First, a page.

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THE VIEW FROM PAEONIAN SPRINGS
A Quick Trip Across The UK and Ireland
You can make a lot of miles in a few days time.

by Michael H. Thomson
June 7, 2006

Our trip began in the idyllic village of Paeonian Springs, Virginia, which is less than twenty-five minutes from Dulles International Airport. Our luggage consisted of a backpack, a small luggage case on rollers, and a Kelty hiking pack. We wore jeans, sweaters, lightweight Marmot rain jackets, and Garmont hiking shoes. Speed and comfort were our goal.
 
The early morning United flight was less than eight hours, but because of the five hour time difference, it was an hour before midnight when we arrived in London. Customs at Heathrow was simpler than the security screen at Dulles. Connecting with an express train, which took us to Paddington Station in London, a short ride in a London cab got us to the hotel that would be our home for the next three days.
 
London was a pleasant visit. It is one of the friendliest large cities I have visited on the planet. Most of our travel around the city was by the "Tube." The underground system is very user friendly and except for one brief rush hour experience, was relatively un-crowded. We saw all the sights that a tourist would normally see – most of the main ones – Buckingham Palace, Big Ben, and all the sights along both sides of the Thames. Everything was in walking distance. The day prior to our departure we visited the British Museum. This is definitely a must see! On our trip to France, I complained about availability of water and rest rooms – no problems in London. Restaurants were many and varied, just like in the U.S. So, if you – like me – are not fond of English food, you are not limited to it in London. 
 
Our next rapid fire destination was Ireland. We left London on a train that took us to the port of Holyhead in North Wales. From Holyhead we caught a ferry for a three-hour trip to the port of Dublin, Ireland. The train trip and ferry ride were pleasant. The Irish Sea was rough but only contributed to our sense of adventure.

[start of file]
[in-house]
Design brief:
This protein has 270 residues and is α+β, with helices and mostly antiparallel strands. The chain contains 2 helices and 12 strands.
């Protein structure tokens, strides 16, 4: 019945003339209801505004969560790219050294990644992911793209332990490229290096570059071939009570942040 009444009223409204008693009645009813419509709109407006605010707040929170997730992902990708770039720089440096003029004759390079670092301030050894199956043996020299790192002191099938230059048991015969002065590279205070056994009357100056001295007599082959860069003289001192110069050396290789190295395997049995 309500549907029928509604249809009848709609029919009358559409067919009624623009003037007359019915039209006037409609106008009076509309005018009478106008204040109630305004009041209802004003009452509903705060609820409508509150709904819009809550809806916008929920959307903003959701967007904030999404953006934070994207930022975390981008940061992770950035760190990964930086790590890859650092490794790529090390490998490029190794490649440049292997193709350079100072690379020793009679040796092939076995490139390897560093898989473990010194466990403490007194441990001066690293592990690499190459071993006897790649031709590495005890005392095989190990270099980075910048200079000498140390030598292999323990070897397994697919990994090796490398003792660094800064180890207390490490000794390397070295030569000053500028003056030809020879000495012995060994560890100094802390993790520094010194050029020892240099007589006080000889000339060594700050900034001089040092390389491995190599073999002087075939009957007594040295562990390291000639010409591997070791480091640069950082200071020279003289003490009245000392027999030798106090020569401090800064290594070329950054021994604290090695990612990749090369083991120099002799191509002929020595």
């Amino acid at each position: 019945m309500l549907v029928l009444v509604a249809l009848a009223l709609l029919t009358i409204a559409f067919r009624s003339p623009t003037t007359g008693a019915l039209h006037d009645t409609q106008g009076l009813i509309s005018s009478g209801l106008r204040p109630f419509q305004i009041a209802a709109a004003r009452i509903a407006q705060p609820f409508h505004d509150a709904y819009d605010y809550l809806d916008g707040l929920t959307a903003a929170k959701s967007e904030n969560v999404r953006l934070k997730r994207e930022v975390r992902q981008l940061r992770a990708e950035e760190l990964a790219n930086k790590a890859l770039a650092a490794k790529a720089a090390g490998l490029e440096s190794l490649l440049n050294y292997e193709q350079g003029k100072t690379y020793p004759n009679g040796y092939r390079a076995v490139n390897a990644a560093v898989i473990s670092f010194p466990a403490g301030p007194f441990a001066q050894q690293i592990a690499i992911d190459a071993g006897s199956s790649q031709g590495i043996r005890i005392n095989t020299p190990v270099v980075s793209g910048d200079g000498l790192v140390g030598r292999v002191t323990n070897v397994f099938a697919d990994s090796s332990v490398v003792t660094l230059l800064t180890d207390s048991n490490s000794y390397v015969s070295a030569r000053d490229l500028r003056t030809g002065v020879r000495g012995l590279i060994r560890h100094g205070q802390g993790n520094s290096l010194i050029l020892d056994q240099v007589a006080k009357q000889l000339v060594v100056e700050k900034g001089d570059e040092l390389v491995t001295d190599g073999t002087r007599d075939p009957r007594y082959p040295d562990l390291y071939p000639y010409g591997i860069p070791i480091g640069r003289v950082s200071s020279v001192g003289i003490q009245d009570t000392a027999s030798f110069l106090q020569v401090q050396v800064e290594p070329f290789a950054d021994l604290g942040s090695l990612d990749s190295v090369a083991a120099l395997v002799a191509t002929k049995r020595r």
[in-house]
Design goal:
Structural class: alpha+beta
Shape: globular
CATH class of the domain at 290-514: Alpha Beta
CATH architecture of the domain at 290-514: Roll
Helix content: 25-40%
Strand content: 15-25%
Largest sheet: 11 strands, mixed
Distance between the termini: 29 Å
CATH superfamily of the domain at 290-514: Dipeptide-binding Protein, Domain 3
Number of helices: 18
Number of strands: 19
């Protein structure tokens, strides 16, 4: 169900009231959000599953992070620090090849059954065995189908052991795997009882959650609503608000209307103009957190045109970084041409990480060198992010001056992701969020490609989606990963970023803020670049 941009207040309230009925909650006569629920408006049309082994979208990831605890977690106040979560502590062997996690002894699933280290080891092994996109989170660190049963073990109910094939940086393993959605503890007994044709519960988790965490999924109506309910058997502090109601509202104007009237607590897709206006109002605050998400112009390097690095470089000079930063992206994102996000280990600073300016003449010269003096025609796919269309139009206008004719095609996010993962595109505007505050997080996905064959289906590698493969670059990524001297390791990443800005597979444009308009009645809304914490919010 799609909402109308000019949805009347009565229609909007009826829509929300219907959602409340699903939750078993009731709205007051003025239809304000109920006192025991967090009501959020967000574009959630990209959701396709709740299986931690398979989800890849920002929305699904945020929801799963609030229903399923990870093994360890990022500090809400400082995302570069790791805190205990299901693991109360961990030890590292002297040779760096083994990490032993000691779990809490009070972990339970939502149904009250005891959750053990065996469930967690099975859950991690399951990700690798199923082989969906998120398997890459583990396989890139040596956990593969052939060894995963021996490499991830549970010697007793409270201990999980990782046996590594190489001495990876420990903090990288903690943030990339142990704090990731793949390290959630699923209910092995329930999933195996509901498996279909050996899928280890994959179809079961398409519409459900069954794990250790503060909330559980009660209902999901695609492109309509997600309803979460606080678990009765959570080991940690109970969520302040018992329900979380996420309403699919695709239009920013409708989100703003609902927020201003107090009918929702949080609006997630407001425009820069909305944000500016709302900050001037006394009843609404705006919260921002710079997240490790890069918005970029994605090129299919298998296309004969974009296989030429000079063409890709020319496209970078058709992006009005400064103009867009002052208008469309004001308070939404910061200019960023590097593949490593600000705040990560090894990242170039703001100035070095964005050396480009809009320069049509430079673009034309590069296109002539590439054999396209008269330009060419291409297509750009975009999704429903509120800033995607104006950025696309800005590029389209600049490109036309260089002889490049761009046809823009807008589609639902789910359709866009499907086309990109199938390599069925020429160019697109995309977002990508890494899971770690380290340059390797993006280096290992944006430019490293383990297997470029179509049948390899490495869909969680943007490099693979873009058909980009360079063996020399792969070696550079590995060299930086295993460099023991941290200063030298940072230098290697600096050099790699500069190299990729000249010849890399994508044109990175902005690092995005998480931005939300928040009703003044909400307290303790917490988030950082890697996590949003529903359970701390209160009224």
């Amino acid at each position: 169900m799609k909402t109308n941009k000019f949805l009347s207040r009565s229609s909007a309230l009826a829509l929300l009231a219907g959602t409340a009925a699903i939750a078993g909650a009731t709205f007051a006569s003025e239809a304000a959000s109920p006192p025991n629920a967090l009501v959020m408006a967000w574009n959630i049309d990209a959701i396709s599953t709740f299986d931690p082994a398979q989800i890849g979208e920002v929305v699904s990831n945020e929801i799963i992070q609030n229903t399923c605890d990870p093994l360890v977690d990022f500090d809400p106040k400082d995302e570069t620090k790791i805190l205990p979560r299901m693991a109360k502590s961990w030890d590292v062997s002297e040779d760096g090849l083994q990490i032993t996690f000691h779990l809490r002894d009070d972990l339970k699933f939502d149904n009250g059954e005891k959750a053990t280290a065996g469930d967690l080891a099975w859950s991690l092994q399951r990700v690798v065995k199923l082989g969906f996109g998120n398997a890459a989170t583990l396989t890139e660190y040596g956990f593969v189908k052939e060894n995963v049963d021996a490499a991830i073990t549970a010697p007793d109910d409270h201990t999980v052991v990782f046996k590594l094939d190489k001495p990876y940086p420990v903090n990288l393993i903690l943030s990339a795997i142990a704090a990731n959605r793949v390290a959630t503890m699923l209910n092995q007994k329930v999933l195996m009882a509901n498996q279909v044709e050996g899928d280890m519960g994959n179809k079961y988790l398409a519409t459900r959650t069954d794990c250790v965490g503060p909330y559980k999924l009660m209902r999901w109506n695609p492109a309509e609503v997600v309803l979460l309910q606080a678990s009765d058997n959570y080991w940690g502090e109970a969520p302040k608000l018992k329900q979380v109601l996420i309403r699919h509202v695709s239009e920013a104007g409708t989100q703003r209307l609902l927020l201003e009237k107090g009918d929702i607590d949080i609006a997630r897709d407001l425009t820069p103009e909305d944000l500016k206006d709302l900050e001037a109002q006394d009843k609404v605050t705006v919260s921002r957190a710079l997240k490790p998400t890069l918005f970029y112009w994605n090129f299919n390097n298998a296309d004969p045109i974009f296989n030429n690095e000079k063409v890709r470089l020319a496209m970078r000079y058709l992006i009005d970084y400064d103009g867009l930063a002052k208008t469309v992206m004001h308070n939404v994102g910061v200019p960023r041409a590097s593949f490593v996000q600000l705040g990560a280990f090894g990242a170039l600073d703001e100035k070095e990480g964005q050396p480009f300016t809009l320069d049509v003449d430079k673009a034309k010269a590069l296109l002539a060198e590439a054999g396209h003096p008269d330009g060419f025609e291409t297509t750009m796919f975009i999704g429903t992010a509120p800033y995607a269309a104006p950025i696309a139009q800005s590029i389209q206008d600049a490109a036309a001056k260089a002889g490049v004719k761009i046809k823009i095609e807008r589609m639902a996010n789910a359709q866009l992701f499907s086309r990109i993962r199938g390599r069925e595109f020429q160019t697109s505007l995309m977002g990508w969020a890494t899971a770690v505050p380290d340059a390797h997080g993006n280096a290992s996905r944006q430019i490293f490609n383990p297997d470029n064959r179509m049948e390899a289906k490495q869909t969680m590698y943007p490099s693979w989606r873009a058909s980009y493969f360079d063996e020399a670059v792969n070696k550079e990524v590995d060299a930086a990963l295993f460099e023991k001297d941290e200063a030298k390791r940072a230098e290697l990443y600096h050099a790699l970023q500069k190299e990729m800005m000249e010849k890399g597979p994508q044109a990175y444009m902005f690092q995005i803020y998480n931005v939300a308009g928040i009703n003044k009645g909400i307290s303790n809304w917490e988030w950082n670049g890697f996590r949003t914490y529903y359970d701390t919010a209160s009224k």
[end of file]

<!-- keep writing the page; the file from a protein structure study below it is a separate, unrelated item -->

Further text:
From the port, we took a double-decker bus into Dublin. We had made no hotel reservations but within 15 minutes of debarking from the bus, we were checked into a pleasant bed and breakfast. That evening we wandered around downtown Dublin and found a nice pub and enjoyed a meal that I thought was more American than Irish.
 
The next morning, after consuming our breakfast, we walked to Dublin Castle, and then visited an exhibit nearby that highlighted the history of Dublin as being one of the oldest Viking settlements. Leaving the exhibit we became lost and wandered down a flight of stairs into Christ Church Cathedral and ran into an HBO filming crew who were part of a production about the Tudors, which will be aired in October. At this point, Liz, my wife, wants me to let the readers know that on our entire trip we were never very far away from Starbucks. They were everywhere. We had a small snack at a Starbucks in Dublin before catching the bus to Dublin Airport to pick up our rental car.
 
In Ireland, and all across the UK, driving is in the left lane. By prior agreement, Liz drove and I navigated. The first 30 minutes were the worst. Sitting on the left side of the car with no brakes, no steering wheel or gas pedal is not to say I didn't try to use them. Eventually everything sorted out and we were glad we had decided to do this part of our trip by car.
 
At this time of year in Ireland and the UK, there is plenty of daylight. The sun goes down after 10 o'clock and comes up around 4:30 a.m. This daylight exposure helped us see a lot of the countryside which we wouldn't have if limited by a shorter day.